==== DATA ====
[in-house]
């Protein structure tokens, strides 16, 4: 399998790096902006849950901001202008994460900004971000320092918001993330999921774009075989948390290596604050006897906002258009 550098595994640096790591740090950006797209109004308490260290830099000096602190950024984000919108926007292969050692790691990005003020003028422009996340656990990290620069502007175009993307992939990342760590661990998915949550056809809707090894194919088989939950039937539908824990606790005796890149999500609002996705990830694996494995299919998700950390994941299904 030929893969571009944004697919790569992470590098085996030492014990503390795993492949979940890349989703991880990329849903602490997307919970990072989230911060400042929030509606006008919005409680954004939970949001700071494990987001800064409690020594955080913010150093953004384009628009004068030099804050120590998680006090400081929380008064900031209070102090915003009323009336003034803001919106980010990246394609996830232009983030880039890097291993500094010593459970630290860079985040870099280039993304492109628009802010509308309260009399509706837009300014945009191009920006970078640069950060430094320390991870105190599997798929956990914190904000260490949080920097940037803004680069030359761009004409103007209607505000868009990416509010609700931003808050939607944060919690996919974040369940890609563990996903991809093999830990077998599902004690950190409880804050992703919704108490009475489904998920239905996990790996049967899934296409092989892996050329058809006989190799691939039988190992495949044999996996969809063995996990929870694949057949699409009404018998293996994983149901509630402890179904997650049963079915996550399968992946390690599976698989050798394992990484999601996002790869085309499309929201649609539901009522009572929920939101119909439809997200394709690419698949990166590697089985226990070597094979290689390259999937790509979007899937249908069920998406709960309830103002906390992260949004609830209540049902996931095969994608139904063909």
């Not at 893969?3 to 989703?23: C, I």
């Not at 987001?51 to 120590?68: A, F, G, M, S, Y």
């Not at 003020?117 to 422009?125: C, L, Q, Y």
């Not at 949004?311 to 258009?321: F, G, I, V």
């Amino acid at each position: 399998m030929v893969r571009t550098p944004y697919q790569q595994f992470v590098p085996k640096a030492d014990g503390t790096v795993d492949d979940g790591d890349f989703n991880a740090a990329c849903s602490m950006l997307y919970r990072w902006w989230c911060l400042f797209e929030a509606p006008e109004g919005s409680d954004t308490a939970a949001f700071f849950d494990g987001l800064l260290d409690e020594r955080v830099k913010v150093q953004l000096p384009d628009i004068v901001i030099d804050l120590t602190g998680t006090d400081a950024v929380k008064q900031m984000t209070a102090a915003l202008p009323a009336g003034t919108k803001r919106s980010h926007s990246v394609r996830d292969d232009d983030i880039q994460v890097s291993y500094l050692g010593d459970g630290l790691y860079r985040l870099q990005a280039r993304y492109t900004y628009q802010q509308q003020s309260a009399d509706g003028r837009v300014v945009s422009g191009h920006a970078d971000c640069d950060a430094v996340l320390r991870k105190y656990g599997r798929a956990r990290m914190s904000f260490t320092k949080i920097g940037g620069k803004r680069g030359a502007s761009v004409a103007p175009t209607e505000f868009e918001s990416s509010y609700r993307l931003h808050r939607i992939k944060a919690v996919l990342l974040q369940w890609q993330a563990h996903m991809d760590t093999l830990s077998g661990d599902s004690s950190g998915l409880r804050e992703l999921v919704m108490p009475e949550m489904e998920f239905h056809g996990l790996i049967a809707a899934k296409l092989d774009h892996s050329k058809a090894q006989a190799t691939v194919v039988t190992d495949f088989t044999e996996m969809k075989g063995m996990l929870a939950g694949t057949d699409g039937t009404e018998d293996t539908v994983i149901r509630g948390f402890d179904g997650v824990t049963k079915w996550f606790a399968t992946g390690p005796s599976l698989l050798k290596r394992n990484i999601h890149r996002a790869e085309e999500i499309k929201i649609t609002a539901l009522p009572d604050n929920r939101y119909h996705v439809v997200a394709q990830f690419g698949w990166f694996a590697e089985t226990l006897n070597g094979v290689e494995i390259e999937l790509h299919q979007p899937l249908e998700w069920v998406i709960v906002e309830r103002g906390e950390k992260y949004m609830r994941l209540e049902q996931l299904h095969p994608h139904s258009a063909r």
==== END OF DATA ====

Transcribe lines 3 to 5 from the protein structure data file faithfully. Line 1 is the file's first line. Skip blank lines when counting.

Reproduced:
């Not at 893969?3 to 989703?23: C, I």
């Not at 987001?51 to 120590?68: A, F, G, M, S, Y």
């Not at 003020?117 to 422009?125: C, L, Q, Y």